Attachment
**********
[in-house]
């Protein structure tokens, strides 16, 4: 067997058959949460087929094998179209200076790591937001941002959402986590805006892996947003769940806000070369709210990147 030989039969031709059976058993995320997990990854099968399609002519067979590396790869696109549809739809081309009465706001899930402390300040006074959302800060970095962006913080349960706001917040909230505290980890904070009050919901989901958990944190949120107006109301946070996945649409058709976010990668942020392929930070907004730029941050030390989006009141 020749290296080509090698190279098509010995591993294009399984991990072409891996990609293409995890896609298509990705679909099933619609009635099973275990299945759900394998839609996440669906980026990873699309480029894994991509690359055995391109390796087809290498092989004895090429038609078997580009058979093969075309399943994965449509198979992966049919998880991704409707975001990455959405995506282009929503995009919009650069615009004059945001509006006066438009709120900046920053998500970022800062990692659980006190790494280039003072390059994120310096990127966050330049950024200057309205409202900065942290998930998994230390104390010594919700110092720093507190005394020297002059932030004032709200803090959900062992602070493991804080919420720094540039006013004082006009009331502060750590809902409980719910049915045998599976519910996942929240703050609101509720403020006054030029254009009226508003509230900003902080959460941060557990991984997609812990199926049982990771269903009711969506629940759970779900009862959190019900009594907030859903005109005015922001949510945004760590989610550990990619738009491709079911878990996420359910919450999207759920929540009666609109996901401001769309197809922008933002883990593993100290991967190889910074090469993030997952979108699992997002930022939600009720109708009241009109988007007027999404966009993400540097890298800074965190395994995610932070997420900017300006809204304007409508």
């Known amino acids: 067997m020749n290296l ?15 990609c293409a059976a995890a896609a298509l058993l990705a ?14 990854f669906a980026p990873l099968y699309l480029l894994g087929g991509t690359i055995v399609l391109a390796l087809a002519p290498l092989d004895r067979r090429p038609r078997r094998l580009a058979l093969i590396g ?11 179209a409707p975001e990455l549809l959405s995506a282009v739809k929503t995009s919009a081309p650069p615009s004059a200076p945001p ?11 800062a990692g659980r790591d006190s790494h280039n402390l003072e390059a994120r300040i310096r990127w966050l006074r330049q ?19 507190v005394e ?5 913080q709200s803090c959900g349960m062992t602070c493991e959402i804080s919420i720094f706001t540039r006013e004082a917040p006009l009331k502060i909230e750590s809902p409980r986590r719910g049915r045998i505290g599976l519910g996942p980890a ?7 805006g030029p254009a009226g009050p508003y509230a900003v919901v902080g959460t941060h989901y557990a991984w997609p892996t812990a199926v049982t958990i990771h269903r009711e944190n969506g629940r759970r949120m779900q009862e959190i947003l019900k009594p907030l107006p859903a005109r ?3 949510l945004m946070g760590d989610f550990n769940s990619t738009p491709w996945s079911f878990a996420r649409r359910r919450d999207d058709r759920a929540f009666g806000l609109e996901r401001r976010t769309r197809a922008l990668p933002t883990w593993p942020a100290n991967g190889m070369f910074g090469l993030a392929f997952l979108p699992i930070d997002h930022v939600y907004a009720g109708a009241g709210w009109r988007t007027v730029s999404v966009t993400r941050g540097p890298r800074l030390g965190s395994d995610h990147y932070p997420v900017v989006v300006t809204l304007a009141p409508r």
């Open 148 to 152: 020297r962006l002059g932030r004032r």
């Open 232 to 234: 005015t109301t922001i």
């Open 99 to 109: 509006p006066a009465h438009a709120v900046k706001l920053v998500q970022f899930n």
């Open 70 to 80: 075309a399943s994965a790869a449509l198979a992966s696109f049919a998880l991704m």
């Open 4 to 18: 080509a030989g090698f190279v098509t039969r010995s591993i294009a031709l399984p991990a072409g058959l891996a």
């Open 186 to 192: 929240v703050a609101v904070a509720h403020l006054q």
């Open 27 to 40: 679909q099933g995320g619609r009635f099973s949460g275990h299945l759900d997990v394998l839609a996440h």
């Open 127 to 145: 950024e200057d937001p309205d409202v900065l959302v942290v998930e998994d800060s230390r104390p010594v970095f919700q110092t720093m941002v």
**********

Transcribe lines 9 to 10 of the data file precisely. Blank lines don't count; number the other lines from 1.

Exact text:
């Open 186 to 192: 929240v703050a609101v904070a509720h403020l006054q």
């Open 27 to 40: 679909q099933g995320g619609r009635f099973s949460g275990h299945l759900d997990v394998l839609a996440h």